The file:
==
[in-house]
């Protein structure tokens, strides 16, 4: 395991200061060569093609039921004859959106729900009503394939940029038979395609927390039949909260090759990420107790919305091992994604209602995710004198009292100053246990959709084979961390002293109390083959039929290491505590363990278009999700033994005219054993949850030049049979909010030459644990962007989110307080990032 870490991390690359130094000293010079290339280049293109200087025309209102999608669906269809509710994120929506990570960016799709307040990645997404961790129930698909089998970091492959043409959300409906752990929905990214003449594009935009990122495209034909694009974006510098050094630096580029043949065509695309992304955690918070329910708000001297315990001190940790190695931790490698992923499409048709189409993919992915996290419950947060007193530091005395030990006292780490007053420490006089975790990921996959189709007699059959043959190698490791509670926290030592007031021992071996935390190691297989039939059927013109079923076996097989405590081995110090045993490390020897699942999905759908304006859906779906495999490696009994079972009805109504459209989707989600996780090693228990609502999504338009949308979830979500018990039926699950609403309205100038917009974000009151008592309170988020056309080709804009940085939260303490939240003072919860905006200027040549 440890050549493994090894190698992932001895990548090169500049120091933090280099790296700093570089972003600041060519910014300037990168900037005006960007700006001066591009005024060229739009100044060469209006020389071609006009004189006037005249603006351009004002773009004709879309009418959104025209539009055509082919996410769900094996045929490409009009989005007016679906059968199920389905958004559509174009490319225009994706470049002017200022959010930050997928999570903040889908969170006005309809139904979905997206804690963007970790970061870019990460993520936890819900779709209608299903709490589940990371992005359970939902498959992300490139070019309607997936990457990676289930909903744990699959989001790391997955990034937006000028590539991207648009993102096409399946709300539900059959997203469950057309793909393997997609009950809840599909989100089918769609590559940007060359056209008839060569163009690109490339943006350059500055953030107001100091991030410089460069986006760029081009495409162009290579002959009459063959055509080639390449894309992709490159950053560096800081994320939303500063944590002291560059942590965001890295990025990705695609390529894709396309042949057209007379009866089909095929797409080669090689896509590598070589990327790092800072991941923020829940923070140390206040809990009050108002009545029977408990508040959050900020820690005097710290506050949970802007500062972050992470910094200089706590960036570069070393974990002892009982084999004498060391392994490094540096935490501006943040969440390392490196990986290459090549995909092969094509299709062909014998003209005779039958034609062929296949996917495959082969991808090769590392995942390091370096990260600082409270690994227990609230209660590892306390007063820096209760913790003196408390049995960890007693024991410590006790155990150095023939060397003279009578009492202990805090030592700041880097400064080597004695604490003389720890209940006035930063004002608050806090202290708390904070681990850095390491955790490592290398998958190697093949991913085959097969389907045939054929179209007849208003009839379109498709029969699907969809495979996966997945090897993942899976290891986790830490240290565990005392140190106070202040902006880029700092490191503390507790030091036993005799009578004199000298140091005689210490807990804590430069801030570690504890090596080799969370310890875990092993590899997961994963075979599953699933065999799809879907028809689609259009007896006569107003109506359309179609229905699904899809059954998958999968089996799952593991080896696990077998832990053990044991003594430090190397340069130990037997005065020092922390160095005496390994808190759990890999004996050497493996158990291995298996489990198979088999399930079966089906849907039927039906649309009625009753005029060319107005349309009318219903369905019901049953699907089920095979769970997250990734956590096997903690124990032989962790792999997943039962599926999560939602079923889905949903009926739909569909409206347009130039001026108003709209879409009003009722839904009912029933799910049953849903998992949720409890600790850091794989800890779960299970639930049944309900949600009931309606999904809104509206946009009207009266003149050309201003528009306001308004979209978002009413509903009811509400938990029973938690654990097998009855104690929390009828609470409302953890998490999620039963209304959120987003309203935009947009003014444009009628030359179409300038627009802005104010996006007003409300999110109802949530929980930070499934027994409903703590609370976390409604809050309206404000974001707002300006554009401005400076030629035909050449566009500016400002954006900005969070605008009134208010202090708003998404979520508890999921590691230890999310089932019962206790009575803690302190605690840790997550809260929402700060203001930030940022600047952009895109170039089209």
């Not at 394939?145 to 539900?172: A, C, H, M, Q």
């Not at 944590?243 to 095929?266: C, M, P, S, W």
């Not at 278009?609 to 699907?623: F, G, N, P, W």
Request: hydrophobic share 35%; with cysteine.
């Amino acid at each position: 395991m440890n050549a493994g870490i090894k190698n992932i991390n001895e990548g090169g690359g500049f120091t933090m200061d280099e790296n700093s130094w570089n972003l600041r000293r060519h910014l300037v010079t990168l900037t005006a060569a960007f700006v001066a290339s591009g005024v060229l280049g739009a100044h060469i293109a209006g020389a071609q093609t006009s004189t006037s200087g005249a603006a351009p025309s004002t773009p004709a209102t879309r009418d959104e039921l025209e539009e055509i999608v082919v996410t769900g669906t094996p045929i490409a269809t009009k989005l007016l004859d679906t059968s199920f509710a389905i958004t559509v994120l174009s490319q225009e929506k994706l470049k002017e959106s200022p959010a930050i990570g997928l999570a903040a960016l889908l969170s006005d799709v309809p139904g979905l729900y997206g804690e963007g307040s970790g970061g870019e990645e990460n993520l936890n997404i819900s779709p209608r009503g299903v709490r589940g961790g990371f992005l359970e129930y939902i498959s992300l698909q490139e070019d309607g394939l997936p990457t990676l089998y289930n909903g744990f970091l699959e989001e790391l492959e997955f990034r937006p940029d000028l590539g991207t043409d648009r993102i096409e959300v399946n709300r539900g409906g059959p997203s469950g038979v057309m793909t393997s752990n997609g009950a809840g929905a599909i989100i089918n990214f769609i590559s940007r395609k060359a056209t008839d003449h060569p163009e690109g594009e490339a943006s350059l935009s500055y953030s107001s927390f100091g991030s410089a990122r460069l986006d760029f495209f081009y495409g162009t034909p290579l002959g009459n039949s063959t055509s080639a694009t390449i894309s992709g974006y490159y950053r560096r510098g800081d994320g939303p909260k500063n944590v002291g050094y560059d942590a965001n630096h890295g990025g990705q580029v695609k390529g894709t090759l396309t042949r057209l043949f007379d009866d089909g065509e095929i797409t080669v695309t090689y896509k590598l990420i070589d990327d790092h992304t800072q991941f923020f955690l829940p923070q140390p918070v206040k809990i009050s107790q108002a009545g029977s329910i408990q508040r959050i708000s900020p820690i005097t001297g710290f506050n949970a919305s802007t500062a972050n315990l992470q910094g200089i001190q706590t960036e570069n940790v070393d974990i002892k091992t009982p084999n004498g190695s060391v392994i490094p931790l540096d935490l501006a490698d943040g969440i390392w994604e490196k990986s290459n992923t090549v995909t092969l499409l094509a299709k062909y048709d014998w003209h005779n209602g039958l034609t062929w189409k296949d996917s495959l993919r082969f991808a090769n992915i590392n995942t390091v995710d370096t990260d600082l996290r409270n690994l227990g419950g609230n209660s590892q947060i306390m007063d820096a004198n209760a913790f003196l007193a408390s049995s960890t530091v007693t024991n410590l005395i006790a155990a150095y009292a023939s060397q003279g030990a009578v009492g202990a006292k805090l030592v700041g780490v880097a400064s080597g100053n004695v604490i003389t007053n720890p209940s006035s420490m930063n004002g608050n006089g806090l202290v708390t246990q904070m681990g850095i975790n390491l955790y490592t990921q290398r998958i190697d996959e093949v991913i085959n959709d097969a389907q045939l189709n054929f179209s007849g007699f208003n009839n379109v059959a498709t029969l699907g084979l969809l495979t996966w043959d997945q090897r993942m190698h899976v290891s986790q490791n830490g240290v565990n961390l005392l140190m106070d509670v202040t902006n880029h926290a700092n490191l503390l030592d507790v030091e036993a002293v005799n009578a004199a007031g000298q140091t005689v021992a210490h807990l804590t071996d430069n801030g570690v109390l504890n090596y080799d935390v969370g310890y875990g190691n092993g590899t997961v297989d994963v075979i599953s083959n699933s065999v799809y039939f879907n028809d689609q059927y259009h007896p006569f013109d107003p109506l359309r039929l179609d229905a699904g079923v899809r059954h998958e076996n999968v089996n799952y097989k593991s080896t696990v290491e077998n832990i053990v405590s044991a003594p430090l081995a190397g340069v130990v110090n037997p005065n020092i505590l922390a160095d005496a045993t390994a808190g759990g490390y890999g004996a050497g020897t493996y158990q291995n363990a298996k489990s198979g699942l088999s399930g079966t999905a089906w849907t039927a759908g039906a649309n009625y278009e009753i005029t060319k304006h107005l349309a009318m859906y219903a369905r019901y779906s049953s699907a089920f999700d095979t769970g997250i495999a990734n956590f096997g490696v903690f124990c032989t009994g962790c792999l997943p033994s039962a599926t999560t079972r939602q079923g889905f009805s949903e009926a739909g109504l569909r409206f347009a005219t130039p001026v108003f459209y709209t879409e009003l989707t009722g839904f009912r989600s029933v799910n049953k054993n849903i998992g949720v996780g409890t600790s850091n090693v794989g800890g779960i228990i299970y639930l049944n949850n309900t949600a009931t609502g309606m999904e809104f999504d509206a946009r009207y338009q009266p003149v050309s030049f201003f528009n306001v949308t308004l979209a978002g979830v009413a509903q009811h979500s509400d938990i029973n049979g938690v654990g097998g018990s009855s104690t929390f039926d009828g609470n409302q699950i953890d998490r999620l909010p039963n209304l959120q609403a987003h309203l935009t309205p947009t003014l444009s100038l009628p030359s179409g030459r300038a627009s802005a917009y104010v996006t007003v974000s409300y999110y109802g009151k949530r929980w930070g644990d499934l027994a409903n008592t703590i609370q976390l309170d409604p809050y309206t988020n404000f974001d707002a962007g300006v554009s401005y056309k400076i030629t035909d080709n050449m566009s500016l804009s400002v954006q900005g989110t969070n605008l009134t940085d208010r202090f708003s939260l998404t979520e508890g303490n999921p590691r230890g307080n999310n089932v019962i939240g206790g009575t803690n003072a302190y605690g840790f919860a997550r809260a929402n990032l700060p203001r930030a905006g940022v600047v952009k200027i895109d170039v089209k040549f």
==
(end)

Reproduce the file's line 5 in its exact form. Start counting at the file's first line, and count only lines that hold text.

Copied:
């Not at 278009?609 to 699907?623: F, G, N, P, W």